We had slept for several hours.

I felt her stirring. She looked up, and a momentary look of confusion crossed her face as if she had forgotten where she was. I looked down at her, and we met each other’s gaze. Jeanie’s look of alarm was quickly replaced with a look of relief. I reached down and stroked her hair.

“Yes, I am here Jeanie.”

She pressed herself tighter against my side. “I don’t ever want to leave,” she whispered. “I love you, Helen.”

I was afraid of hearing those words.

My initial thought was a derisive one. What does any eighteen-year-old know about love? Then I immediately erased that cynical criticism from my mind. Just who in the hell was I to criticize anyone’s feelings?  I gave myself a quick reality check by reminding myself that in the past I had not done such a hot job of love myself.

To be specific, I was married at twenty-one to a fellow student I was attending university with and was divorced by the time I was twenty-two. That piece of stupidity alone disqualifies me as being any great judge into the intricacies of love. Thankfully, however, it did no lasting harm aside from my being a tad cynical. However, I am not disillusioned, and the one thing I do know is, that love requires courage and comes along comes when you least expect it.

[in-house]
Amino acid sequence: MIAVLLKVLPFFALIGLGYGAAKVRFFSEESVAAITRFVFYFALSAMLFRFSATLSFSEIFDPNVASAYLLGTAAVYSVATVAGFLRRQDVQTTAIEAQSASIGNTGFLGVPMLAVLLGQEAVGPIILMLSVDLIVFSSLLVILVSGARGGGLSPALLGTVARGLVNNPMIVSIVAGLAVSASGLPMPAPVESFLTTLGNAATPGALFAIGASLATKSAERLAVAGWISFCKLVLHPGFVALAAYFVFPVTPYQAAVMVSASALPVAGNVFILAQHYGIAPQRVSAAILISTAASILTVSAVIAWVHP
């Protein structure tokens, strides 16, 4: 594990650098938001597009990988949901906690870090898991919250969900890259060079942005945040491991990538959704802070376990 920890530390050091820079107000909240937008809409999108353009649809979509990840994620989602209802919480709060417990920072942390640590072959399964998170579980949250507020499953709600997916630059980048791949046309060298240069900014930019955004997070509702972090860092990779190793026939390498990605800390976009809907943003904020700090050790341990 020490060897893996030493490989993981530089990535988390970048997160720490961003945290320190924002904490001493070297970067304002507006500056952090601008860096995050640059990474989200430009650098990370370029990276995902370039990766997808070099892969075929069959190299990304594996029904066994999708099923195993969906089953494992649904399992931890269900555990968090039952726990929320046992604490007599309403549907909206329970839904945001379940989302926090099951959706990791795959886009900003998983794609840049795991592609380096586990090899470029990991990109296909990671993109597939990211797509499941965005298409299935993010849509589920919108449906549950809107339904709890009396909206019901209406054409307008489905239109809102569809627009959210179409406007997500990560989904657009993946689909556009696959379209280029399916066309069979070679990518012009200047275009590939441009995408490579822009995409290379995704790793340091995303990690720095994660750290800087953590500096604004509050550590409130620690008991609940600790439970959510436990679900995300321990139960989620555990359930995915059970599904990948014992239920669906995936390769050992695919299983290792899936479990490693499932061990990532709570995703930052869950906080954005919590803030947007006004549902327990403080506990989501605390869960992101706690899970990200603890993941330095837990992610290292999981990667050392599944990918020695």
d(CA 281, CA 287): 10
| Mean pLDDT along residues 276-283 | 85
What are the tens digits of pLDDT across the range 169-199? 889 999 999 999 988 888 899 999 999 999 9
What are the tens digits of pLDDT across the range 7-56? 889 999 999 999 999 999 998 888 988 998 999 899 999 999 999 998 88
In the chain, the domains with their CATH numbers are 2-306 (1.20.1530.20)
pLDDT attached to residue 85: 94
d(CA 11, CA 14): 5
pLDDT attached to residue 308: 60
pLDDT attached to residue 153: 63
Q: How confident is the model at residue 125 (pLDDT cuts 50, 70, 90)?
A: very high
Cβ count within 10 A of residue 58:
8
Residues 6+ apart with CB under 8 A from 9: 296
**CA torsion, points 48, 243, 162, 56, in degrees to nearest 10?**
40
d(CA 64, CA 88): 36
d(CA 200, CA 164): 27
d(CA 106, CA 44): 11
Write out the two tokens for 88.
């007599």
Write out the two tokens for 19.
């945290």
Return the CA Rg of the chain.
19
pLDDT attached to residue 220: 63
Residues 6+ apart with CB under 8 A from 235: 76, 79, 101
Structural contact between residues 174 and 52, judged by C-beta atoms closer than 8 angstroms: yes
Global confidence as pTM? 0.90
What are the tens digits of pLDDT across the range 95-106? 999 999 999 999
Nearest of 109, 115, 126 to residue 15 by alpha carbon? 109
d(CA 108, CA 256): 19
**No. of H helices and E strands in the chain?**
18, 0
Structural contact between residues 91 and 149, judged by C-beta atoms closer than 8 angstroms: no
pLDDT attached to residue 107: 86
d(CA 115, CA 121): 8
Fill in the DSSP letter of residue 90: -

So while I may be cynical, I respected Jeanie’s feelings. She loved me at that moment and yes, perhaps at that moment, I loved her.

~ ~ ~

It was now past sunset, and the Victorian-style street lighting shone through the lace curtains of my bedroom window and placed a soft diffused orange glow across my bedroom walls. Soon, all too soon, we would have to leave my bed and resume our daily lives.

I gingerly removed Jeanie’s right leg that was across my thighs and made movements to leave my bed.

“No … nooooo. Don’t leave.” Jeanie clutched at me, holding me.